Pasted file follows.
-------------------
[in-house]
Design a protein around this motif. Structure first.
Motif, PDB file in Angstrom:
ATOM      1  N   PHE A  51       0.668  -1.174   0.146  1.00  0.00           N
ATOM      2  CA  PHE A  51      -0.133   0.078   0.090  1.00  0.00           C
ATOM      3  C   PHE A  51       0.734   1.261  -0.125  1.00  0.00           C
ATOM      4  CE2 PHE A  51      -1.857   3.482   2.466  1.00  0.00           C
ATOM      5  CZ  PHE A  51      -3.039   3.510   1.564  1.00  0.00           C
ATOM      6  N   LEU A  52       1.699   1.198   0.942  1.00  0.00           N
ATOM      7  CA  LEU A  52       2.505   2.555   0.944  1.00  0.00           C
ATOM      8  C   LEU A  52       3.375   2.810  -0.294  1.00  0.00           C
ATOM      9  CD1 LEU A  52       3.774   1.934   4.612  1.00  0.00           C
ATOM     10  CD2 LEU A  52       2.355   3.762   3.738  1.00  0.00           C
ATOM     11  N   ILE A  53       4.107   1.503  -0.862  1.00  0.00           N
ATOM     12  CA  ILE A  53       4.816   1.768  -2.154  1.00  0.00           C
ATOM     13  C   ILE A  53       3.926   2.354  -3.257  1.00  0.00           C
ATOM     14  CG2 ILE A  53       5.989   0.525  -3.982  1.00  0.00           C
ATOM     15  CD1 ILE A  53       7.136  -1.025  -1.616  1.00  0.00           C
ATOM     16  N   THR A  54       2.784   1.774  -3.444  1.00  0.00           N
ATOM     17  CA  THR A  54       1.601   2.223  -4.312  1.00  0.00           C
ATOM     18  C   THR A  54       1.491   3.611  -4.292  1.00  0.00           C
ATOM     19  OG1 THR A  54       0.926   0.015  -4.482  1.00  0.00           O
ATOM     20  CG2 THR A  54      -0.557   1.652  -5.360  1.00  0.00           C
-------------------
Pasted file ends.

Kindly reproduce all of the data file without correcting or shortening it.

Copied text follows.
[in-house]
Design a protein around this motif. Structure first.
Motif, PDB file in Angstrom:
ATOM      1  N   PHE A  51       0.668  -1.174   0.146  1.00  0.00           N
ATOM      2  CA  PHE A  51      -0.133   0.078   0.090  1.00  0.00           C
ATOM      3  C   PHE A  51       0.734   1.261  -0.125  1.00  0.00           C
ATOM      4  CE2 PHE A  51      -1.857   3.482   2.466  1.00  0.00           C
ATOM      5  CZ  PHE A  51      -3.039   3.510   1.564  1.00  0.00           C
ATOM      6  N   LEU A  52       1.699   1.198   0.942  1.00  0.00           N
ATOM      7  CA  LEU A  52       2.505   2.555   0.944  1.00  0.00           C
ATOM      8  C   LEU A  52       3.375   2.810  -0.294  1.00  0.00           C
ATOM      9  CD1 LEU A  52       3.774   1.934   4.612  1.00  0.00           C
ATOM     10  CD2 LEU A  52       2.355   3.762   3.738  1.00  0.00           C
ATOM     11  N   ILE A  53       4.107   1.503  -0.862  1.00  0.00           N
ATOM     12  CA  ILE A  53       4.816   1.768  -2.154  1.00  0.00           C
ATOM     13  C   ILE A  53       3.926   2.354  -3.257  1.00  0.00           C
ATOM     14  CG2 ILE A  53       5.989   0.525  -3.982  1.00  0.00           C
ATOM     15  CD1 ILE A  53       7.136  -1.025  -1.616  1.00  0.00           C
ATOM     16  N   THR A  54       2.784   1.774  -3.444  1.00  0.00           N
ATOM     17  CA  THR A  54       1.601   2.223  -4.312  1.00  0.00           C
ATOM     18  C   THR A  54       1.491   3.611  -4.292  1.00  0.00           C
ATOM     19  OG1 THR A  54       0.926   0.015  -4.482  1.00  0.00           O
ATOM     20  CG2 THR A  54      -0.557   1.652  -5.360  1.00  0.00           C